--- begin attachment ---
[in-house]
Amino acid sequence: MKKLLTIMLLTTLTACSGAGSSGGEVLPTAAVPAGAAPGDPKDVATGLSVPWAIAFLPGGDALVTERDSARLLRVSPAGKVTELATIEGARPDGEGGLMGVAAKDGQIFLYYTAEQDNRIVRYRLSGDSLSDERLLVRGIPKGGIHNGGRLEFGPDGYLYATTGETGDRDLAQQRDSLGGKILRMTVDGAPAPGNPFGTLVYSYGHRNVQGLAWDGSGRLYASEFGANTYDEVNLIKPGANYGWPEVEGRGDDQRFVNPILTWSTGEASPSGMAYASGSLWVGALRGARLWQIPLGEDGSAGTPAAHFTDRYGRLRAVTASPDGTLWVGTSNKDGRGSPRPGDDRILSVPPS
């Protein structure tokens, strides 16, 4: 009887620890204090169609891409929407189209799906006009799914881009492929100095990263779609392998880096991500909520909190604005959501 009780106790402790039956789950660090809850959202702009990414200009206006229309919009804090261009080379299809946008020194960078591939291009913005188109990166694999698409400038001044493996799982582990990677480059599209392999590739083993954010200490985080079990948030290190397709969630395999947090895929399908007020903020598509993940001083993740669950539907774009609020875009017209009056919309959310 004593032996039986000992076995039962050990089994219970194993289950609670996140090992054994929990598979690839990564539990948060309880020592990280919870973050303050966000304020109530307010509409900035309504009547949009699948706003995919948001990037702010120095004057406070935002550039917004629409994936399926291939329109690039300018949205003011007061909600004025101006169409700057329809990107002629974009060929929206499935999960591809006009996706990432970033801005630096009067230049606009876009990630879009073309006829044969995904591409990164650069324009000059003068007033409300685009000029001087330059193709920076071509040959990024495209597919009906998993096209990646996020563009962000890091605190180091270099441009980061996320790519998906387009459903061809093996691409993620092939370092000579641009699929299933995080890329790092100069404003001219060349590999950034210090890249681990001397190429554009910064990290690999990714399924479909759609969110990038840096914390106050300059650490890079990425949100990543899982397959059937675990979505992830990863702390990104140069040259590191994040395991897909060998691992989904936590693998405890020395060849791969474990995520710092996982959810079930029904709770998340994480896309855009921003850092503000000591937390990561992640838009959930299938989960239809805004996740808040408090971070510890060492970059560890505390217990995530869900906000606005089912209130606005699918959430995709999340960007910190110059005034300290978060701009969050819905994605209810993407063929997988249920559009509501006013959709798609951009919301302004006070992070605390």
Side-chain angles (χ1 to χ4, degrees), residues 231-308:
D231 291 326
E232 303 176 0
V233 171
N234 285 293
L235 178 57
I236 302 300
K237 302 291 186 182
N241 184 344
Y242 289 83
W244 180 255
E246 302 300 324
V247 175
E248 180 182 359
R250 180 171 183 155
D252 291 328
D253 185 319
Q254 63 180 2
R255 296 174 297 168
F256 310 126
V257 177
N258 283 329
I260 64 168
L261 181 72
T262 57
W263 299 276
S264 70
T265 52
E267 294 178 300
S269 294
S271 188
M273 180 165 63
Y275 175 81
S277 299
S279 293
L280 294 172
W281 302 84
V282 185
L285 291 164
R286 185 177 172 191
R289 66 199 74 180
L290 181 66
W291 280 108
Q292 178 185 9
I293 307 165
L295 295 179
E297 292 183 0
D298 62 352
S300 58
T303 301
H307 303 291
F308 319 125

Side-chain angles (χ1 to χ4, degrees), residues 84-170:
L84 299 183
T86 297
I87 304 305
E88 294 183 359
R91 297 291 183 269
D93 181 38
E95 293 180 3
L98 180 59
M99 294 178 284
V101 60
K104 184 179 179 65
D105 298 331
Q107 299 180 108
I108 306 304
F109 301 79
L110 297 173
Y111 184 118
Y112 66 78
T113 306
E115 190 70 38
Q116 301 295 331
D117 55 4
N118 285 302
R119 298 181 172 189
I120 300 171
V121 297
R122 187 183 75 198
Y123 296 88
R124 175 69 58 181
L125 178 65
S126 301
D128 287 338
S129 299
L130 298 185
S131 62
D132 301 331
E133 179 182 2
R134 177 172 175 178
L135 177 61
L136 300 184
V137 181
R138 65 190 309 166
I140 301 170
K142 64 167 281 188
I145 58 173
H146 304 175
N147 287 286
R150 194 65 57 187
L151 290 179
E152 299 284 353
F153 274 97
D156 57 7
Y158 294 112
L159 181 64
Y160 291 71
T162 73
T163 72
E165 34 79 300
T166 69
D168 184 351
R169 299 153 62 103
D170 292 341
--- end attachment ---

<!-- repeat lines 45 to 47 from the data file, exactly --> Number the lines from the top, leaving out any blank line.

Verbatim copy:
L290 181 66
W291 280 108
Q292 178 185 9